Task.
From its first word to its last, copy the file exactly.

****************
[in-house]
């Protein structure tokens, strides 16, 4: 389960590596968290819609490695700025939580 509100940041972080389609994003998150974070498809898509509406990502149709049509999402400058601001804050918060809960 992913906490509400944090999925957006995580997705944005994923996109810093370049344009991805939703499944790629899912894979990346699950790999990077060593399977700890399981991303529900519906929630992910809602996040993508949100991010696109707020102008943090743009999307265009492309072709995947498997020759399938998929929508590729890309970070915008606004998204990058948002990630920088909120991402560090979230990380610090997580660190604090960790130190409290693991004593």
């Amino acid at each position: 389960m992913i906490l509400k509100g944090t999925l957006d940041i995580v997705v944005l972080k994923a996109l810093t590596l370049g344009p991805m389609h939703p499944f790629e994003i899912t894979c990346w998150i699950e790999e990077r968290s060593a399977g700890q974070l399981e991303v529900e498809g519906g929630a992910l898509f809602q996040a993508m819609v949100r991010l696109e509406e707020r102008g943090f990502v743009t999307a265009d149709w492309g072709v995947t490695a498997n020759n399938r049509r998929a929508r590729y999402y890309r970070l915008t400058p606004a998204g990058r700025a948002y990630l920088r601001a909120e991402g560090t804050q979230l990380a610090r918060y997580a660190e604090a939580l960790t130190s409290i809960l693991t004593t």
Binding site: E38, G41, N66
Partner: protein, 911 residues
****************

[in-house]
């Protein structure tokens, strides 16, 4: 389960590596968290819609490695700025939580 509100940041972080389609994003998150974070498809898509509406990502149709049509999402400058601001804050918060809960 992913906490509400944090999925957006995580997705944005994923996109810093370049344009991805939703499944790629899912894979990346699950790999990077060593399977700890399981991303529900519906929630992910809602996040993508949100991010696109707020102008943090743009999307265009492309072709995947498997020759399938998929929508590729890309970070915008606004998204990058948002990630920088909120991402560090979230990380610090997580660190604090960790130190409290693991004593």
């Amino acid at each position: 389960m992913i906490l509400k509100g944090t999925l957006d940041i995580v997705v944005l972080k994923a996109l810093t590596l370049g344009p991805m389609h939703p499944f790629e994003i899912t894979c990346w998150i699950e790999e990077r968290s060593a399977g700890q974070l399981e991303v529900e498809g519906g929630a992910l898509f809602q996040a993508m819609v949100r991010l696109e509406e707020r102008g943090f990502v743009t999307a265009d149709w492309g072709v995947t490695a498997n020759n399938r049509r998929a929508r590729y999402y890309r970070l915008t400058p606004a998204g990058r700025a948002y990630l920088r601001a909120e991402g560090t804050q979230l990380a610090r918060y997580a660190e604090a939580l960790t130190s409290i809960l693991t004593t």
Binding site: E38, G41, N66
Partner: protein, 911 residues